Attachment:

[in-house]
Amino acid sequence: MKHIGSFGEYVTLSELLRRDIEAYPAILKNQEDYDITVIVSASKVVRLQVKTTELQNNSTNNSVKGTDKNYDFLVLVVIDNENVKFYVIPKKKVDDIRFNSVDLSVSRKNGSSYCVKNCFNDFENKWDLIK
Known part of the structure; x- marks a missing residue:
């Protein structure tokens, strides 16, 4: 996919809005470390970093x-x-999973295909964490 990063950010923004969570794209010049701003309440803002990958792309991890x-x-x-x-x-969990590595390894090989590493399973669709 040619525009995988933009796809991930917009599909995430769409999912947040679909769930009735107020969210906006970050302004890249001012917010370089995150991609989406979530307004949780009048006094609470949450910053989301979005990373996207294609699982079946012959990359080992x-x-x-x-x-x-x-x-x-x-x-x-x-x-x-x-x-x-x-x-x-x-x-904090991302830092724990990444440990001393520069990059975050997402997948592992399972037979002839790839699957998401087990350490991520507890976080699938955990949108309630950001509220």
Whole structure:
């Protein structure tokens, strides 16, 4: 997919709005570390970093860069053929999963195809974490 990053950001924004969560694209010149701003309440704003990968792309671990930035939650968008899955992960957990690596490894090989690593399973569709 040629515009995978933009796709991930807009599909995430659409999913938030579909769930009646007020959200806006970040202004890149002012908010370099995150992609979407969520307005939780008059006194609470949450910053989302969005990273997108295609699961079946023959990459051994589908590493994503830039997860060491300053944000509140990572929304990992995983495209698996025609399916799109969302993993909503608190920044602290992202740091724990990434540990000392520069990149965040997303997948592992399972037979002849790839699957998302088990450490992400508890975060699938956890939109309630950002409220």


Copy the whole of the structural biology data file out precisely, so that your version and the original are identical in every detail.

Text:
[in-house]
Amino acid sequence: MKHIGSFGEYVTLSELLRRDIEAYPAILKNQEDYDITVIVSASKVVRLQVKTTELQNNSTNNSVKGTDKNYDFLVLVVIDNENVKFYVIPKKKVDDIRFNSVDLSVSRKNGSSYCVKNCFNDFENKWDLIK
Known part of the structure; x- marks a missing residue:
């Protein structure tokens, strides 16, 4: 996919809005470390970093x-x-999973295909964490 990063950010923004969570794209010049701003309440803002990958792309991890x-x-x-x-x-969990590595390894090989590493399973669709 040619525009995988933009796809991930917009599909995430769409999912947040679909769930009735107020969210906006970050302004890249001012917010370089995150991609989406979530307004949780009048006094609470949450910053989301979005990373996207294609699982079946012959990359080992x-x-x-x-x-x-x-x-x-x-x-x-x-x-x-x-x-x-x-x-x-x-x-904090991302830092724990990444440990001393520069990059975050997402997948592992399972037979002839790839699957998401087990350490991520507890976080699938955990949108309630950001509220």
Whole structure:
């Protein structure tokens, strides 16, 4: 997919709005570390970093860069053929999963195809974490 990053950001924004969560694209010149701003309440704003990968792309671990930035939650968008899955992960957990690596490894090989690593399973569709 040629515009995978933009796709991930807009599909995430659409999913938030579909769930009646007020959200806006970040202004890149002012908010370099995150992609979407969520307005939780008059006194609470949450910053989302969005990273997108295609699961079946023959990459051994589908590493994503830039997860060491300053944000509140990572929304990992995983495209698996025609399916799109969302993993909503608190920044602290992202740091724990990434540990000392520069990149965040997303997948592992399972037979002849790839699957998302088990450490992400508890975060699938956890939109309630950002409220």